Could Nasal Microbiota Reveal Who Is at Risk of Severe COVID-19?
FASCINATING evidence has emerged suggesting that nasopharyngeal microbiota could be used as a biomarker to predict those who will develop severe symptoms from severe acute respiratory syndrome coronavirus 2 (SARS-CoV-2) infection. Changes to this microbiota, which usually acts as a first defence barrier against viruses, may allow the development of new, more effective treatment strategies to combat COVID-19.
Researchers noted distinct patterns following analysis of the microbiota of 84 individuals; 27 were negative for the virus, 30 were positive but asymptomatic, and 27 were positive with moderate symptoms but did not require hospitalisation. Significant changes were observed in symptomatic patients, with many of these individuals even lacking enough bacteria to successfully sequence. These drastically ‘low reads’ of microbiota were almost solely observed in symptomatic patients, with only two and four individuals experiencing this in the negative and asymptomatic groups, respectively. The mucosal lining of this respiratory tract is abundant with immune cells and is essential for protecting against pathogenic invaders. This area is also concentrated with ACE-2 receptors, making it a prime target for SARS-CoV-2 cells.
Sadanand Fulzele, a Geriatric Researcher in the Department of Medicine, Medical College of Georgia (MCG), Augusta University, USA, explained: “Runny noses and sneezing might account for the loss, an already significantly lower number of bacterial inhabitants might have increased the individuals’ risk for developing these kinds of symptoms, or the virus may have changed the landscape.” Although scientists at present suspect that the landscape will have likely been altered by the virus, more data is required for a conclusive answer. “Millions of people get infected and relatively few of them become symptomatic. This might be one of the reasons,” added Ravindra Kolhe, Director of MCG’s Georgia Esoteric and Molecular Laboratory.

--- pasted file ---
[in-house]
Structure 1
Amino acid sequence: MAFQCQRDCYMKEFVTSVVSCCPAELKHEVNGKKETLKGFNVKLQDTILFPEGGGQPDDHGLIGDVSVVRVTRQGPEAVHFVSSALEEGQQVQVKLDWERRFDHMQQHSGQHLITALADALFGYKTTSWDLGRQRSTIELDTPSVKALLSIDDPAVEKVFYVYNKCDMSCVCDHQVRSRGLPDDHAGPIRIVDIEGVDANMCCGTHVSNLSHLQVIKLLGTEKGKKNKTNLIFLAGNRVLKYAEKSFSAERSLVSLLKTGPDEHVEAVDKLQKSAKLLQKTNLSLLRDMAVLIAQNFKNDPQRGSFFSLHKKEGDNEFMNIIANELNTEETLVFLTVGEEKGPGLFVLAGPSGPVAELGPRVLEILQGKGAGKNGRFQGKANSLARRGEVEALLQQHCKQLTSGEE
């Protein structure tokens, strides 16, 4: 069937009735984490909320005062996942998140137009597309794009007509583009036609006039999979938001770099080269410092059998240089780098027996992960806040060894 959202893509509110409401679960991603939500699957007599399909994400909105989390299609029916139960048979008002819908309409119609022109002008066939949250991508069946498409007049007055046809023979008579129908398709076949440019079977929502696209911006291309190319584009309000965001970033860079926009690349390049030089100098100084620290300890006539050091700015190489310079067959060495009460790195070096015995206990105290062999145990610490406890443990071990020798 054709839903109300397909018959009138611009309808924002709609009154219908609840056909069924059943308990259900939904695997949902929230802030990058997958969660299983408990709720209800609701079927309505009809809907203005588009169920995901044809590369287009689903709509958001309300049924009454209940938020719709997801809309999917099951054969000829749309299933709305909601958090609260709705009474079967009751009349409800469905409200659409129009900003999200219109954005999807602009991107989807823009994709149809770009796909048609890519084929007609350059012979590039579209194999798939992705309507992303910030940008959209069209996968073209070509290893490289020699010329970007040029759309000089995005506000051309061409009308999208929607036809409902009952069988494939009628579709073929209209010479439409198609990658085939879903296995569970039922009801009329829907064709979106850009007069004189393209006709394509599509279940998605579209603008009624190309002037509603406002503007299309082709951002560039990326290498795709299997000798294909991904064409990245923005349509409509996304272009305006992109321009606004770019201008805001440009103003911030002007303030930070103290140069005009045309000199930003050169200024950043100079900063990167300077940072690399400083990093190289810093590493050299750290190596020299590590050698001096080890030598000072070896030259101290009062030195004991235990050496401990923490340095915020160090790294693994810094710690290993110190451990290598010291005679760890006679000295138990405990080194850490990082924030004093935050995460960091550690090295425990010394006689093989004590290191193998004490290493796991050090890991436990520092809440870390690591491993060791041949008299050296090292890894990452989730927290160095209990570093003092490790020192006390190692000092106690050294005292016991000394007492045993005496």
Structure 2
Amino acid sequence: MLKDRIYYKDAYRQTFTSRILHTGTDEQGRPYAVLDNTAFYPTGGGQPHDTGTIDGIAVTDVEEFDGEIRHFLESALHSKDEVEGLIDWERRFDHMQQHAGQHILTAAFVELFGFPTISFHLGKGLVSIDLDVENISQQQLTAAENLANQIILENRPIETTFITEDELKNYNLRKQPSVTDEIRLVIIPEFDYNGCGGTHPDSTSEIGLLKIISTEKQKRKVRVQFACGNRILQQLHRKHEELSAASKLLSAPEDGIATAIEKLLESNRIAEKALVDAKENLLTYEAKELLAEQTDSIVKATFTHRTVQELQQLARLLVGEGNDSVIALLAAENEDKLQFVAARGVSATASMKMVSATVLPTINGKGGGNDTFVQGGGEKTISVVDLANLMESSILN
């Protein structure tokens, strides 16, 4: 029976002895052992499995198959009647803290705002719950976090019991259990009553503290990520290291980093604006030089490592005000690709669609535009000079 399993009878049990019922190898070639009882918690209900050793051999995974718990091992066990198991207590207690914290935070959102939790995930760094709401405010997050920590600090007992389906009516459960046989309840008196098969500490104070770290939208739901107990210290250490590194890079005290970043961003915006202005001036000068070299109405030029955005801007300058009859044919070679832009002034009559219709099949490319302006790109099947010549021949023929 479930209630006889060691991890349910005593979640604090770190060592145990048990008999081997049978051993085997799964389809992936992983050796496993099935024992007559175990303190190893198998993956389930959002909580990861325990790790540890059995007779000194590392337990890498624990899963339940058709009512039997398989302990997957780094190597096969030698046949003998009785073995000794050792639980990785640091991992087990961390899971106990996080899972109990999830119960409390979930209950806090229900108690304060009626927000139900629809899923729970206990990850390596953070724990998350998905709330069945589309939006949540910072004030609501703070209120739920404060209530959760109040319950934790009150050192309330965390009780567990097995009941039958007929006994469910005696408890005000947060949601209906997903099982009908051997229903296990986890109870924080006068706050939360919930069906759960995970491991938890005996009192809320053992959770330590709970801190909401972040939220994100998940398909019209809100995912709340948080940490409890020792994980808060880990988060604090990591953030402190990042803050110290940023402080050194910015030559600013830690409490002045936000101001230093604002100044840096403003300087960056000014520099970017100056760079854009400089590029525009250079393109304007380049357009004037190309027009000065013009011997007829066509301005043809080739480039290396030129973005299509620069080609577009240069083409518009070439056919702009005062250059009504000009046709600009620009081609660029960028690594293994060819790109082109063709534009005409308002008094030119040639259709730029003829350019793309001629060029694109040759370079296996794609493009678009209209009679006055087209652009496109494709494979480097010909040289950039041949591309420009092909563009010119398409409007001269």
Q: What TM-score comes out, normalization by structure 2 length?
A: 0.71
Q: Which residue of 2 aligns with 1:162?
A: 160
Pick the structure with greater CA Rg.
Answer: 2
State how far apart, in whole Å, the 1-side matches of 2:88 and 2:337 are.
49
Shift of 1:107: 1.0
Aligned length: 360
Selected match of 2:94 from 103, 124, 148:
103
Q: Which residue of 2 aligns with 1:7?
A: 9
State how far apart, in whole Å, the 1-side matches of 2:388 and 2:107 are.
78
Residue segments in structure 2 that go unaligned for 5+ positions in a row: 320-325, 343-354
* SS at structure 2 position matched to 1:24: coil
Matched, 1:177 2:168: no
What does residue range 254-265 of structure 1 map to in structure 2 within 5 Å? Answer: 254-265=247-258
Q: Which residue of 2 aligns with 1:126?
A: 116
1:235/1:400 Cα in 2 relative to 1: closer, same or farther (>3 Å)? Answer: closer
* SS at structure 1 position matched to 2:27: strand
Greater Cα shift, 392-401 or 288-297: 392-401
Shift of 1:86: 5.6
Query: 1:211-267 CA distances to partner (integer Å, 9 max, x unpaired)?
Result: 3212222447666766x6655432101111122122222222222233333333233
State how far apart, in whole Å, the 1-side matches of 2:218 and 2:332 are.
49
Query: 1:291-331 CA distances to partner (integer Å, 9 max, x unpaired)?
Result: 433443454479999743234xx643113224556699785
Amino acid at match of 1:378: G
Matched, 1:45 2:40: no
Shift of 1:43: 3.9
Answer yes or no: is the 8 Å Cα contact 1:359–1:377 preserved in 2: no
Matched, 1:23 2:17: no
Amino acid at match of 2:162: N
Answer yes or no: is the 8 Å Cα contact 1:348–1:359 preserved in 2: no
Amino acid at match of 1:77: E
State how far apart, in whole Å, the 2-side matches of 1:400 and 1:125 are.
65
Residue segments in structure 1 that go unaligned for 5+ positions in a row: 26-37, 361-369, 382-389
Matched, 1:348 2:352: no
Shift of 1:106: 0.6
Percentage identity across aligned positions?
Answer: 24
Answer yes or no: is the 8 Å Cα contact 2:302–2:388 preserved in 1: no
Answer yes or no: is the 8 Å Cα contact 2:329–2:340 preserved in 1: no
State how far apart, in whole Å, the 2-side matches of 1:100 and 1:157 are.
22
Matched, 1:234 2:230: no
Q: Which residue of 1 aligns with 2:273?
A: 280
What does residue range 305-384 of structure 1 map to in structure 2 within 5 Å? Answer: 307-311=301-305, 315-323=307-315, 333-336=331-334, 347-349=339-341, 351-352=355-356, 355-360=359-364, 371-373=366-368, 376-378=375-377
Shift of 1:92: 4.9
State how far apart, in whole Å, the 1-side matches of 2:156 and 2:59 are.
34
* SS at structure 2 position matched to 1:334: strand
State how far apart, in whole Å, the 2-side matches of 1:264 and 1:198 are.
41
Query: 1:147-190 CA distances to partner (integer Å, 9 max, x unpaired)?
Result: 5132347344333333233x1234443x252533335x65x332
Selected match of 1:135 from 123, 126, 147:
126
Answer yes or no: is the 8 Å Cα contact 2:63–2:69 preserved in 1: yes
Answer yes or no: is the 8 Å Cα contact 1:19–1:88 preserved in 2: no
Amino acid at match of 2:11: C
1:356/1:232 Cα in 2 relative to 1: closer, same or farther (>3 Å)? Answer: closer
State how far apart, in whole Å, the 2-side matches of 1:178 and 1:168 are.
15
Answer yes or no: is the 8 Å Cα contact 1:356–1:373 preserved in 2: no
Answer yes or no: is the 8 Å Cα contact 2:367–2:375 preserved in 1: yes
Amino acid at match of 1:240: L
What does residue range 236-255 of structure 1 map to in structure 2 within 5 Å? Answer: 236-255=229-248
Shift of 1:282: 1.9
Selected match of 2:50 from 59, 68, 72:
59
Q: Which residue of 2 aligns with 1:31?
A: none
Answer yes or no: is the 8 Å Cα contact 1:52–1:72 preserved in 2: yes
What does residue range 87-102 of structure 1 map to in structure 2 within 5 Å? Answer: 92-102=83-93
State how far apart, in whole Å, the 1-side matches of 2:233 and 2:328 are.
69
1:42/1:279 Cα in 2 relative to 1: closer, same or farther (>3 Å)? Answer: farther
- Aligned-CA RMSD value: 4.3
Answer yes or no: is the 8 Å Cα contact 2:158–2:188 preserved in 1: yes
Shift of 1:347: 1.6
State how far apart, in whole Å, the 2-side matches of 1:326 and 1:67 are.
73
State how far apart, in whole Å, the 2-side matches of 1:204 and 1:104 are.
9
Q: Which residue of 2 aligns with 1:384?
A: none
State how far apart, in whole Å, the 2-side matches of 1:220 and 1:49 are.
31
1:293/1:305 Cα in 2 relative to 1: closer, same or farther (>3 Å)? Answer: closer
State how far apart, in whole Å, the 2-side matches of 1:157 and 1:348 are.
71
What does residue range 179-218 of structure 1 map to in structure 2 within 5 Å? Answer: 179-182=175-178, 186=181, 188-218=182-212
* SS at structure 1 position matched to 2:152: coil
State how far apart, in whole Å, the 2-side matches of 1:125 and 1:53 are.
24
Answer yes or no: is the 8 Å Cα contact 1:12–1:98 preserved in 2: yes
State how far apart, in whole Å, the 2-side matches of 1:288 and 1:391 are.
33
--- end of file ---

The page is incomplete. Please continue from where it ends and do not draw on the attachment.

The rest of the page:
SARS-CoV-2 is transmitted via droplets emitted from sneezing, coughing, and talking. Due to those aged 65 and over being at a higher risk of death from the infection, scientists analysed the nasopharyngeal microbiota of these older individuals. Symptomatic and asymptomatic patients had increased levels of cyanobacteria, which is known to cause pneumonia and liver damage; however, symptomatic individuals had double the levels of this bacteria compared with asymptomatic patients. There was little diversity in bacteria between these groups but significant differences in volume.
Although the direct association between nasal microbiota and COVID-19 severity remains unclear, this study has revealed a ‘strong association’ between these factors. Fulzele and Khole are in the process of obtaining a grant to allow a larger study to go ahead.